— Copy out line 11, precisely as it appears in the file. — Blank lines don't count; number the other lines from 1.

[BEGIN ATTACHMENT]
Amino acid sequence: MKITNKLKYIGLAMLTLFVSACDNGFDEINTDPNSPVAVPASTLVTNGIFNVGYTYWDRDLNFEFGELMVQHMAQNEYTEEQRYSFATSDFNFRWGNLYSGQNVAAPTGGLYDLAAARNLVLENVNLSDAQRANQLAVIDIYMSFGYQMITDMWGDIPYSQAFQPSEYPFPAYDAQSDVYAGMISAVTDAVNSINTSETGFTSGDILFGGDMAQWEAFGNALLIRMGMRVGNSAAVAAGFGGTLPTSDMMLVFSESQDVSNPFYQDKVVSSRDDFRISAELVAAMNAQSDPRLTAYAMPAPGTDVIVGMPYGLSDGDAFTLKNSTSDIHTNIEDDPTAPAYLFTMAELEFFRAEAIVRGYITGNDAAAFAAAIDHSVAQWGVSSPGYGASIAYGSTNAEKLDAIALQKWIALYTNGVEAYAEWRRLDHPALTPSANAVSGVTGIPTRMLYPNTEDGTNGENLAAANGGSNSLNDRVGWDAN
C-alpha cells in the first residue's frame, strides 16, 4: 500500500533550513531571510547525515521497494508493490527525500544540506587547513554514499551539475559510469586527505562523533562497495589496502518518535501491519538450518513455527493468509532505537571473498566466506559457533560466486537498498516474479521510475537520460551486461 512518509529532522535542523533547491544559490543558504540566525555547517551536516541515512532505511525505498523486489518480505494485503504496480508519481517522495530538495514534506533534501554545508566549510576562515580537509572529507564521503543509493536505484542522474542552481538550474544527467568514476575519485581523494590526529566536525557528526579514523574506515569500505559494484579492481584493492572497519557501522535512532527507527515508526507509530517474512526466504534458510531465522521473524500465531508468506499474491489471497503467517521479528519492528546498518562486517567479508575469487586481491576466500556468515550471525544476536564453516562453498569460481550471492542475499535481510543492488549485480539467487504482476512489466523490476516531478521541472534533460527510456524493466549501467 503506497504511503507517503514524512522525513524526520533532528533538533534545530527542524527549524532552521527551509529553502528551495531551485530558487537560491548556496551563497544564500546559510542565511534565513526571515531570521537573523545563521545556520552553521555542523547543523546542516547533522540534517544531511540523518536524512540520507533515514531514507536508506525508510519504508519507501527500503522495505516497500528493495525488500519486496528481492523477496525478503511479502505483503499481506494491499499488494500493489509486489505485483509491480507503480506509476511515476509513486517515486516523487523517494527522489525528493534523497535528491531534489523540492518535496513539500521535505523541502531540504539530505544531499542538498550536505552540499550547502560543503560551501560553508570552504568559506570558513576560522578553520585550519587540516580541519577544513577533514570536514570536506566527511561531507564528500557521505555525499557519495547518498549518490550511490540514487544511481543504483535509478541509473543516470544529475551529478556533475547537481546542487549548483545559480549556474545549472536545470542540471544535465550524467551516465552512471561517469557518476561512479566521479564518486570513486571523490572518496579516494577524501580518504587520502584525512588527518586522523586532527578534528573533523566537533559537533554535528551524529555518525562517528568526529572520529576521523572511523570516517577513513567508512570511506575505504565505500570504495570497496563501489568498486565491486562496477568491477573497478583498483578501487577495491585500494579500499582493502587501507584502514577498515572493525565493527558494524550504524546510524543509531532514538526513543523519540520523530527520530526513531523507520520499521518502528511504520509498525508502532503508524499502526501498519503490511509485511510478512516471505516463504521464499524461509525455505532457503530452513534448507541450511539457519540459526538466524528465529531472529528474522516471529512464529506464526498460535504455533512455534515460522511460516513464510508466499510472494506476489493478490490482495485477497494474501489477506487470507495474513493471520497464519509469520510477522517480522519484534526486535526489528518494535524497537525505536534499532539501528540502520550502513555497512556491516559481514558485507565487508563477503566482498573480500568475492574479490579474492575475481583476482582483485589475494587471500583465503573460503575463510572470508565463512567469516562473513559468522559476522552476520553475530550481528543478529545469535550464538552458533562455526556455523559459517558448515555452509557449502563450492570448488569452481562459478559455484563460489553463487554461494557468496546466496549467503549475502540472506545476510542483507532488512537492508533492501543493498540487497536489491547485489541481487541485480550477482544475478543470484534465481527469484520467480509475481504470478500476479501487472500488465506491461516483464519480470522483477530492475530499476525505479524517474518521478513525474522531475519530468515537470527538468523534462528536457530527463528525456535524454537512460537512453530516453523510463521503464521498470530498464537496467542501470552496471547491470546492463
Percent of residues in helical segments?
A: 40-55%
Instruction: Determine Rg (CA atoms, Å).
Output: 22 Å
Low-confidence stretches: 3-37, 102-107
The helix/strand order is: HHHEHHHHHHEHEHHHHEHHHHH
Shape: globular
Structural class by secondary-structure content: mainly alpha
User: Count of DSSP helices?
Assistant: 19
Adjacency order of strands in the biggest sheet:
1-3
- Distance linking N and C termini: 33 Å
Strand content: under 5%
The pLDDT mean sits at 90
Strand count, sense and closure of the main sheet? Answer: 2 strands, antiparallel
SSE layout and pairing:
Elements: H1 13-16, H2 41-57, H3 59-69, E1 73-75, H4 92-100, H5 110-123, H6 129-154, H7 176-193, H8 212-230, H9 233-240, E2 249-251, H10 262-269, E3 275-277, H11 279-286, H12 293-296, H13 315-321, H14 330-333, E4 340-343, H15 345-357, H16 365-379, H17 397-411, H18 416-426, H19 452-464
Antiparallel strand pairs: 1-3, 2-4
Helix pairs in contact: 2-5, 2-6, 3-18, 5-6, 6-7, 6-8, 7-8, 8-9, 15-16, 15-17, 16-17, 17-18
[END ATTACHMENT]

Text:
User: Count of DSSP helices?